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Los Angeles County To Return $75 Million Beach Property Confiscated From A Black Family During Jim Crow Era

Charles and Willa Bruce's Beach Property [Photo: The New Yorker]
Charles and Willa Bruce's Beach Property [Photo: The New Yorker]

The Los Angeles County officials plan to return the $75 million beach property that was confiscated from a Black family during the Jim Crow era. The Jim Crow era was the period when laws enforced racial segregation in the U.S.

Charles and Willa Bruce

Charles and Willa Bruce

In 1924, Charles and Willa Bruce, a Black couple from California were coerced to give up their beachfront resort property in Manhattan. During that time, dozens of Black families reside in that area. However, the city officials forcibly threw out the Bruces because of extreme racial segregation and harassment from the white supremacists Ku Klux Klan. The officials confiscated Bruces’ property through eminent domain and paid them around $14,125, only a portion of what the Bruces’ asked for. In 1912, the Bruces originally purchased the property for $1,225 and renovated it to include a coffee shop and changing rooms.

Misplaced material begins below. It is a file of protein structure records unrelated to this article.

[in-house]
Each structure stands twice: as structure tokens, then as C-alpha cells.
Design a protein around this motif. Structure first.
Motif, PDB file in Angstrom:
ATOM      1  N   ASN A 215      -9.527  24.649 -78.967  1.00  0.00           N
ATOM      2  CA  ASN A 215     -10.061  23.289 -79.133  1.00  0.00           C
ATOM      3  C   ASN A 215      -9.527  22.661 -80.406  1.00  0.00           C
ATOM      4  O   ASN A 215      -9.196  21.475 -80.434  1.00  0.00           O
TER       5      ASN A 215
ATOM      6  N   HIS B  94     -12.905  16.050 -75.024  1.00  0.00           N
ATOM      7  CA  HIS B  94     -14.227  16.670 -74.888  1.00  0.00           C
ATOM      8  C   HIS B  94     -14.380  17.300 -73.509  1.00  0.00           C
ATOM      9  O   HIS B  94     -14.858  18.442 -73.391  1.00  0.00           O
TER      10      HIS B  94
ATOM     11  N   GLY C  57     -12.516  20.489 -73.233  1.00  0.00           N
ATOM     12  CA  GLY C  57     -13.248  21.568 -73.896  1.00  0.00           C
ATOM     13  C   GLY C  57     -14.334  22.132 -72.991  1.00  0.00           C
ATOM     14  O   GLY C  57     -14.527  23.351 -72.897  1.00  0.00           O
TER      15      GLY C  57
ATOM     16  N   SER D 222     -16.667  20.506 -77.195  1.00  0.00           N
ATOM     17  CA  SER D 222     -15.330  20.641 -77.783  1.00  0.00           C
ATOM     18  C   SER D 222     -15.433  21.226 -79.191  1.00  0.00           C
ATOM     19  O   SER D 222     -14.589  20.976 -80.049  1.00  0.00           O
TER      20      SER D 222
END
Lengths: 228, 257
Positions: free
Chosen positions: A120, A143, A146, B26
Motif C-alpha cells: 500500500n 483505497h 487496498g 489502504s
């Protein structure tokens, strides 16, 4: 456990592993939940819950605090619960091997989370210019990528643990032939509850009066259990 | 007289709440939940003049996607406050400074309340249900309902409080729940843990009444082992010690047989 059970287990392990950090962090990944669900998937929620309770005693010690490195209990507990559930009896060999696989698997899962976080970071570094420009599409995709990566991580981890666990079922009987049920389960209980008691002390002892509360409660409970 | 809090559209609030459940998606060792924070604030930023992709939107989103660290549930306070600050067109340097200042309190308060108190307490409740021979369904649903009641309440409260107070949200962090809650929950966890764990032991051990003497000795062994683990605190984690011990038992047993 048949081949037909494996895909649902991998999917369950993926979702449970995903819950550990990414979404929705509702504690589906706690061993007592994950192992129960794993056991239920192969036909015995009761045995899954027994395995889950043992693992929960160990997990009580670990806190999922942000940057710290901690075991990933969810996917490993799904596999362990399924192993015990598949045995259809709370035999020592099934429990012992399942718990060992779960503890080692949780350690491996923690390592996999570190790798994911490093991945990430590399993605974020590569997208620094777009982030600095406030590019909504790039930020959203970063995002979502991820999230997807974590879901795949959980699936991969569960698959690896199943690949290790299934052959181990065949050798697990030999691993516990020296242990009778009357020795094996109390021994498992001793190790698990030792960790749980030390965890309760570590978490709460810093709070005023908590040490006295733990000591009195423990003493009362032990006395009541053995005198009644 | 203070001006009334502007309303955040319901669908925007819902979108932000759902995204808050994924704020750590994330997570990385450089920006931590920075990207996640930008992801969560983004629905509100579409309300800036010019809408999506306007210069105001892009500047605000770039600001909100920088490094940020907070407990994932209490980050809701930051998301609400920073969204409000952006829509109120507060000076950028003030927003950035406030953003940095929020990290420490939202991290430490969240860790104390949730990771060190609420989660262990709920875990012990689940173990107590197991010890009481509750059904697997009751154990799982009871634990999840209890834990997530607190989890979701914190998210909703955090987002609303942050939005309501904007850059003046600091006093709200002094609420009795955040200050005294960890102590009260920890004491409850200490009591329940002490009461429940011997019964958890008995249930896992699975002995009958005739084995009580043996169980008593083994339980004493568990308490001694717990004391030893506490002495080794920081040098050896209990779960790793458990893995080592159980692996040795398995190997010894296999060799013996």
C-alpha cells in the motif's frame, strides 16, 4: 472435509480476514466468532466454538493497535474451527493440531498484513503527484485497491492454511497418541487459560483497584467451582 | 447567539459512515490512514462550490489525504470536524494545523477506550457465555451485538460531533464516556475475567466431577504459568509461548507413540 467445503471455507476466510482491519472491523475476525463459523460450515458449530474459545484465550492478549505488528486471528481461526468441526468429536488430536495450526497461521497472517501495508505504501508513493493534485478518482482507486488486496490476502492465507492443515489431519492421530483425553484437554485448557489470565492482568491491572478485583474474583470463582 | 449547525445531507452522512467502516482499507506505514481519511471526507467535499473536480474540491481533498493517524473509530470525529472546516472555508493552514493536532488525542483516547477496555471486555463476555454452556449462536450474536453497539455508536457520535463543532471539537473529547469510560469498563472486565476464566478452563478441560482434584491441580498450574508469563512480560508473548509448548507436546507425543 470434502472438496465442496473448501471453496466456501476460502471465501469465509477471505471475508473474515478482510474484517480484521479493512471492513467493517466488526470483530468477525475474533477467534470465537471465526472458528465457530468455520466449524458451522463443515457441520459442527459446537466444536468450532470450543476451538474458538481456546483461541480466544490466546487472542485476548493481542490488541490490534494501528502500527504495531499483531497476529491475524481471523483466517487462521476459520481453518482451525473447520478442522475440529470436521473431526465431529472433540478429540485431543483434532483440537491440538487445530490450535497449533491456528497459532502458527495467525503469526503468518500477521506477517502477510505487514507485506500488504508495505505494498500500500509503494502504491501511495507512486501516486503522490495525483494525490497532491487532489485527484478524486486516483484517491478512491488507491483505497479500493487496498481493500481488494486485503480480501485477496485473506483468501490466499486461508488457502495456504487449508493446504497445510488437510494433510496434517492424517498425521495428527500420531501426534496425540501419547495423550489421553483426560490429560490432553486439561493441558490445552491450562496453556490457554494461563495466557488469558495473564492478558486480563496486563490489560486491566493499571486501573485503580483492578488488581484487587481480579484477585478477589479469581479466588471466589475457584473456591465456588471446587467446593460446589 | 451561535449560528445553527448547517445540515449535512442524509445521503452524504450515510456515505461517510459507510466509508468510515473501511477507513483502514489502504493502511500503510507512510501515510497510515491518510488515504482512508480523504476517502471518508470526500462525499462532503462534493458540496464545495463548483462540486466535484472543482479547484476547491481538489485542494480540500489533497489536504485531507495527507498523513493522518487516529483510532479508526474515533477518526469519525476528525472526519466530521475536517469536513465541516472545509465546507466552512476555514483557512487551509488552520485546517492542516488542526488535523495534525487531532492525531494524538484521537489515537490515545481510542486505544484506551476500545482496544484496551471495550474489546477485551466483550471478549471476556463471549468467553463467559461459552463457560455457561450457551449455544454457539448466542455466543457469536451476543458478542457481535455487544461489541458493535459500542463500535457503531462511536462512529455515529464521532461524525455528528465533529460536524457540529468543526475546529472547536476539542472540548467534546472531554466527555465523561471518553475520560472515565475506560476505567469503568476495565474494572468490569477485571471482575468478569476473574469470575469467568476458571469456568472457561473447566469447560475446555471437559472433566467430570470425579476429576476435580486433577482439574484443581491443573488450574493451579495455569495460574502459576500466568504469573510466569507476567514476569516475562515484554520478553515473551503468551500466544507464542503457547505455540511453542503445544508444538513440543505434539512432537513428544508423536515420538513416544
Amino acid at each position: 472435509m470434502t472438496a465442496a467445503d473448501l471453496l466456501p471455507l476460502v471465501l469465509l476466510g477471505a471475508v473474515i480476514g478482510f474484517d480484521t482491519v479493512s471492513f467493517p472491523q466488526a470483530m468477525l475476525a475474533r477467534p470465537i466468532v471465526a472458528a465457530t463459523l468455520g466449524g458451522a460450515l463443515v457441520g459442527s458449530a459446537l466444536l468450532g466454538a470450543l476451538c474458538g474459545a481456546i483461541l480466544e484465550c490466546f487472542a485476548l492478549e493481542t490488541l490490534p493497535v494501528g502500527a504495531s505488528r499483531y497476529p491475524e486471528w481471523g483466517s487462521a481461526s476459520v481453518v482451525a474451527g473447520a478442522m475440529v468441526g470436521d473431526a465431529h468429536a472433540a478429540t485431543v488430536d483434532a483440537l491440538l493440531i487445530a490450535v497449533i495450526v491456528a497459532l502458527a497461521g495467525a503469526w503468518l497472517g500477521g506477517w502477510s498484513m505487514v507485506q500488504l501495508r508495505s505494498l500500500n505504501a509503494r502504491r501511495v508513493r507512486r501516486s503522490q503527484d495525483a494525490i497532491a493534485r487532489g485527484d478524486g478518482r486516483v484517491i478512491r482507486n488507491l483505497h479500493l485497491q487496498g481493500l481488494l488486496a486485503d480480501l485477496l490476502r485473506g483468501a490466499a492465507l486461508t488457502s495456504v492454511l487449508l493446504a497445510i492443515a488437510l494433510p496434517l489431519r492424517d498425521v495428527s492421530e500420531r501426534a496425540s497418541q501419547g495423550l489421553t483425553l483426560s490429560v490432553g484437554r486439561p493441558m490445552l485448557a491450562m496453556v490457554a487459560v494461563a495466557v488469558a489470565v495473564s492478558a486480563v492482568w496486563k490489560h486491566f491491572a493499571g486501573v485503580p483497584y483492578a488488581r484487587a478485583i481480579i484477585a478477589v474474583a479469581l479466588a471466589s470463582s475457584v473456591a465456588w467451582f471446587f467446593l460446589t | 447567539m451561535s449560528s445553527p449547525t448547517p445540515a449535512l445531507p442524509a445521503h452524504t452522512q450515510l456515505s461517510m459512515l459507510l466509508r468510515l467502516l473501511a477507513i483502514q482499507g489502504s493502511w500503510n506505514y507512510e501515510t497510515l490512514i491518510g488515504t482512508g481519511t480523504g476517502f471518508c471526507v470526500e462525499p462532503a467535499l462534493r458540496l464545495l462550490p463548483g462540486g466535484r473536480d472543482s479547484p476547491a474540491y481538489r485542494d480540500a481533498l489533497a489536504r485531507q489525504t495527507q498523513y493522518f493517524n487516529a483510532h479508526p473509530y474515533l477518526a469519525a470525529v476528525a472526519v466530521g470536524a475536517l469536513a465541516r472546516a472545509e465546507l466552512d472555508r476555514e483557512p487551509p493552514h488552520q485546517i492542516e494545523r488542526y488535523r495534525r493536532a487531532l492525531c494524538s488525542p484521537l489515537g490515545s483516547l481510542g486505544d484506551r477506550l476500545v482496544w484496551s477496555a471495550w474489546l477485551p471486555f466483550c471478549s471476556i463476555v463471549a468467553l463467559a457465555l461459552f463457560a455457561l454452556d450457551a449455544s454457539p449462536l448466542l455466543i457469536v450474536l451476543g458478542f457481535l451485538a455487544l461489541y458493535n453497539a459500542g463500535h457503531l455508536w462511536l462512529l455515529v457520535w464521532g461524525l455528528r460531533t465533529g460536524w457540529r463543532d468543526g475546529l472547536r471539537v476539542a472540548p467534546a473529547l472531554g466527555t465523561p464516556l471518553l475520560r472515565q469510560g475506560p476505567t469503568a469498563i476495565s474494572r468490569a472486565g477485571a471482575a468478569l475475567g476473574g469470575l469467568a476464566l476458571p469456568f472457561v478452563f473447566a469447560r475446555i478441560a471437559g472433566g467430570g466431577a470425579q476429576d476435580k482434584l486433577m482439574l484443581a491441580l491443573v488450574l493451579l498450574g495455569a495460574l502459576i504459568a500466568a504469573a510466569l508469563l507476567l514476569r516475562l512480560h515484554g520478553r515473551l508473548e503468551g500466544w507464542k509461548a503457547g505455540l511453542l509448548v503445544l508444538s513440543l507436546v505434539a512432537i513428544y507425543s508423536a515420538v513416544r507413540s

Unfortunately, white homeowners in the area resented the popularity of the resort. The white supremacists and members of the Klan set up “no trespassing” signs and slashed tires so Black families would avoid the area. The Klan members even came to a point where they attempted to set the property on fire and successfully burned down a nearby home owned by another Black family, as reported by Chandni G.

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One Century Later

According to Chandni G., almost a century after, the Bruces’ property will most likely be returned and given to their descendants. The Los Angeles County officials, together with the lawmakers, plan to return the property with an estimated worth of $75 million. The property does not belong to Manhattan anymore because the Los Angeles County gained ownership of it in 1995. To date, the property operates as a park with a lawn, parking lot, and lifeguard training facility.

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